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What to do with my 'lawn'

Posted by bonez318ti 7b (My Page) on
Tue, Apr 22, 14 at 10:47

Hello all,

I moved into a new home late last summer, however i neglected the lawn - (it wasnt all that great to begin with), but we had some dry weather and I only sporatically watered. Late last summer/early fall, I began to see alot of weeds come up.. I dutifully pulled them up.. but this spring, it looks like most of my lawn is dead.

I looked into a couple of lawn services, and both of them said they could come kill whatever is there and seed a new lawn. Alittle research shows that its alittle early/cool for proper germination of seeds - so that makes me question whether they really have my interest in mind.

Since my property is pretty small, I am considering going about it myself.

There are three main sections of my lawn - and represent their own challenges.

Section 1: this portion of the lawn probably had the best looking grass when I moved in - although i think it was probably recently seeded (maybe less than 1-2 yrs old) as I think the previous tenant took down a deck. The grass looks like its all dead and comes up easily when I am raking, no greenery except for a few weeds. There are also low areas that I would like to flatten. For what it is worth, this area tends to get alot of shade - and there are alot of roots underneath this area from the surrounding trees. What is the best way to go about attacking this area (I started to rake things up) - would raking the area, putting topsoil in the low areas, and spreading seed/watering suffice? or would I need to areate the area?

Section 2: This area had some grass, but by the late summer, it was probably 75% weeds. When I rake, the area everything comes up in clumps - there is a slight grade going away from the vantage point of the photo, and also has some low areas this section also goes around the house, that area has alot of moss, that also comes up easily when raked -

Section 3: Front yard - fairly shady, alot of moss, big oak tree in the front yard (for some reason, the grass grows great near the base of the tree, but in the surrounding area, it gets really mossy - there is also an area that appears to have been filled in at some point with low quality fill (sandy, some rocks) and nothing grew there except for alot of weeds - There is also a steep slope from the property down to the street - whats the best way to handle the slope? Will a lawn take hold there, or will it get washed away? (there is also some roots exposed and probably some erosion).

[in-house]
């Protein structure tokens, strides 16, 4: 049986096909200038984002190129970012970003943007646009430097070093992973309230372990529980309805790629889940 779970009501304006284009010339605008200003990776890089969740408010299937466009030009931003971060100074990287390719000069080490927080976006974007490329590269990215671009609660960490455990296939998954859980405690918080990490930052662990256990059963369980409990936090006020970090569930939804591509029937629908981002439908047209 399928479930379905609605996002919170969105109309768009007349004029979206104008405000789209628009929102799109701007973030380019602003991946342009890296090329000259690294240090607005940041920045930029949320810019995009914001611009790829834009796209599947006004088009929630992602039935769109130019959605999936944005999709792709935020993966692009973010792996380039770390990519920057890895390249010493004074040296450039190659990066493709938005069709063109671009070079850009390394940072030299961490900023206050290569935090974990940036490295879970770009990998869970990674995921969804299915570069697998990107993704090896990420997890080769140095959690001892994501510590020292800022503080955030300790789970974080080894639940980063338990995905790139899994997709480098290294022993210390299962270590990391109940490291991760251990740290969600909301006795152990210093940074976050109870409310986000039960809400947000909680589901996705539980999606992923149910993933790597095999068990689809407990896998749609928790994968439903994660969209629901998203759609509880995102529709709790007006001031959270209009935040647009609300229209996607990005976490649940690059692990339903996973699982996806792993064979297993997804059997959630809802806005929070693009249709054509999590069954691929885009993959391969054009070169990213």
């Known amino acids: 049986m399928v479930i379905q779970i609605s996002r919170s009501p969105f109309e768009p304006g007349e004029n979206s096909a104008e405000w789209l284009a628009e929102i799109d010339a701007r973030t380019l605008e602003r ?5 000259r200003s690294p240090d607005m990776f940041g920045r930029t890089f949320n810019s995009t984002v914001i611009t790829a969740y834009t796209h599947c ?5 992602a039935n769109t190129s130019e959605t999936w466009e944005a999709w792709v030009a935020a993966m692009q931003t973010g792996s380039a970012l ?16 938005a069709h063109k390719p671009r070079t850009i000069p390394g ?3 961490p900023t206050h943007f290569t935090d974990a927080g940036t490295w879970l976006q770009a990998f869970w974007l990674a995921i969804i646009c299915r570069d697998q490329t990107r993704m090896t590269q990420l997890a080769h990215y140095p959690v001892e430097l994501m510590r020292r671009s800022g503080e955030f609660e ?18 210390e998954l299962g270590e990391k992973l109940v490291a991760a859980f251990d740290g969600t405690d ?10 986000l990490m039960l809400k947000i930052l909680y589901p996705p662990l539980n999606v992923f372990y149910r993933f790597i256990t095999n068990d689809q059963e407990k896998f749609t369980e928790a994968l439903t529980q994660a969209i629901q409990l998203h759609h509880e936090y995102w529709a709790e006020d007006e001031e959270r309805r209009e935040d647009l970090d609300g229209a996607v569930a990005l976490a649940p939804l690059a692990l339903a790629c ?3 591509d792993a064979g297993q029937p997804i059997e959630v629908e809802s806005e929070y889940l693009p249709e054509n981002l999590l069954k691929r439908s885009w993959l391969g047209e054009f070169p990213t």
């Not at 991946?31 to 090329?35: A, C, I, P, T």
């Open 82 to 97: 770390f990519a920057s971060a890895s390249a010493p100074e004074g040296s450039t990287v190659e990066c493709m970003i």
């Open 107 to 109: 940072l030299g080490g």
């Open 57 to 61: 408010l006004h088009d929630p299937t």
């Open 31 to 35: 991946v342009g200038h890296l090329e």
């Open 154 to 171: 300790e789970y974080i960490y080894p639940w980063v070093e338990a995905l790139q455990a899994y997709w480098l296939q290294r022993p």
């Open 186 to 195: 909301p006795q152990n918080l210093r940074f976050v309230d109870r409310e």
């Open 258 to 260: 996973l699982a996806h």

below are some pics - whats the best way to attack this? I m in no hurry - wouldnt mind attacking a section at a time if this is going to be a huge job. Should I just hire this out?

Follow-Up Postings:

RE: What to do with my 'lawn'

section 2 - sorry for all the leaves - I just raked them out from under the bushes and am waiting for them to dry before shredding.

RE: What to do with my 'lawn'

section 3 - front lawn

RE: What to do with my 'lawn'

mossy area - should I just rake this up? Is this a nutrient problem? (Im sure most of the water./nutrients are going to the root system of the oaks?)

RE: What to do with my 'lawn'

slope away from property - what to do with this area?

RE: What to do with my 'lawn'

rocky/sandy area that was likely filled in with some cheap fill - what to do with this area to get anything beside weeds here? mix in some compost or peat moss?

RE: What to do with my 'lawn'

You bought last year. Some sellers will seed or over-seed their lawns with inexpensive annual rye grass. Fast growing AND inexpensive. Leaves the buyer with an issue for the next summer. More often than not, in my experience and the U MD Extension Service a lawn not artificially watered during the heat of summer will recover on its own.

Best of luck.

RE: What to do with my 'lawn'

Can you show the view of the house from the street?

I'd re-think the whole lawn idea and see what you can do without grass.

If you have "a lot of shade and a lot of roots" ... the best lawn for that area may be a deck.

Out front, make flower beds, widen the walkway and consider expanding the front porch into a terrace.

Add some low retaining walls and shrubs and perennials on that slope.

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